Baron Davis going back to home state as Warrior
Baron Davis, a two-time All-Star who finished sixth in the NBA in scoring last season, will form a potent backcourt combination with Jason Richardson in Golden State. He has played just 17 games this season while struggling with several minor injuries, but still is considered one of the league's top point guards.
Baron Davis informed reporters of the deal in New Orleans shortly after the NBA trade deadline passed. The former UCLA star craved a return to California after spending his first 5½ NBA seasons with the Hornets in Charlotte and New Orleans.
Davis played in the Hornets' home loss to Seattle on Wednesday night after missing the previous 17 games with a bruised Achilles tendon.
"For me it's sad, because I consider this home and because of all the people I've met here and built relationships with," Davis said. "You know it hurts, but at the same time I don't regret any decisions that I made. I don't think the Hornets regret any decisions that they made. It was just time for us to part ways."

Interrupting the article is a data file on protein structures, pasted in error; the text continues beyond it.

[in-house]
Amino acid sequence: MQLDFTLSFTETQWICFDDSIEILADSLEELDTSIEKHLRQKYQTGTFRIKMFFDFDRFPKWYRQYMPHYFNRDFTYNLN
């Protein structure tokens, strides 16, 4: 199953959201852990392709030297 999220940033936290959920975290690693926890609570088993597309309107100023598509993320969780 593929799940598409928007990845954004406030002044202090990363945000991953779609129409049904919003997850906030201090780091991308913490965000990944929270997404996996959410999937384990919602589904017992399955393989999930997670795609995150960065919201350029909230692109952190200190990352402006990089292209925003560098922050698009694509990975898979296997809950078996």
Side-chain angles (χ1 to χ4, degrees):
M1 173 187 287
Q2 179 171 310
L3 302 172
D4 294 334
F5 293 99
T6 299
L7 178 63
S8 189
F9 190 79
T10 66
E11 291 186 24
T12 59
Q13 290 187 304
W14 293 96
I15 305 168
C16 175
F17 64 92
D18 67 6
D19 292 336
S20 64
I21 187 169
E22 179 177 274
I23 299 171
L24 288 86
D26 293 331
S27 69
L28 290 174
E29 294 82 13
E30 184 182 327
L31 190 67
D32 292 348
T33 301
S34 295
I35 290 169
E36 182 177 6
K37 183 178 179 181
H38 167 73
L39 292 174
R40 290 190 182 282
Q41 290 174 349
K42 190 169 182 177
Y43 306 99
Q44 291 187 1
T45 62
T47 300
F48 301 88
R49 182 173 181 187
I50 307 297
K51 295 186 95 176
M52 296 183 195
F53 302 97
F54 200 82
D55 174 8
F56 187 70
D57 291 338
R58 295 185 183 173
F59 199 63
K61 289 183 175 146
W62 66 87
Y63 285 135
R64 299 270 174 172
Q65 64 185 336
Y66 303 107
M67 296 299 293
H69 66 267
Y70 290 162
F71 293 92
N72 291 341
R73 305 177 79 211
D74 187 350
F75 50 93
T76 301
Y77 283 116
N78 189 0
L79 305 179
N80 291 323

Davis clashed with new coach Byron Scott this season, particularly when Davis chose to do his lengthy rehabilitation from his heel injury back home in Los Angeles in recent weeks. The Hornets also made the deal to clear salary cap room, since Davis is owed approximately $63 million over the next four years.
But the Warriors gladly will pay that price to add an elite player to their core of Richardson, Mike Dunleavy, Troy Murphy, Adonal Foyle and Fisher.
When news of ESPN.com's report that the Warriors were closing in on Davis circulated around the Arena in Oakland on Wednesday night, Richardson was thrilled.
"I'm on the phone right now,'' he said. "Me and B.D. are good friends. That would be huge for the franchise. He can do a lot of things when he's healthy.''
Claxton was in his second year with the Warriors, but the former Hofstra guard never got comfortable. He fought off challenges for his starting job from Nick Van Exel and Derek Fisher, but couldn't score consistently enough to help Golden State become a winner.
Dale Davis, a 14-year veteran, is in his first season with Golden State, which acquired him from Portland in a deal for Van Exel. He hasn't played consistently with the Warriors, but his contract expires this summer.
The Hornets are the Western Conference's worst team at 11-43, while the Warriors are right above them at 16-38.
Information from The Associated Press was used in this report.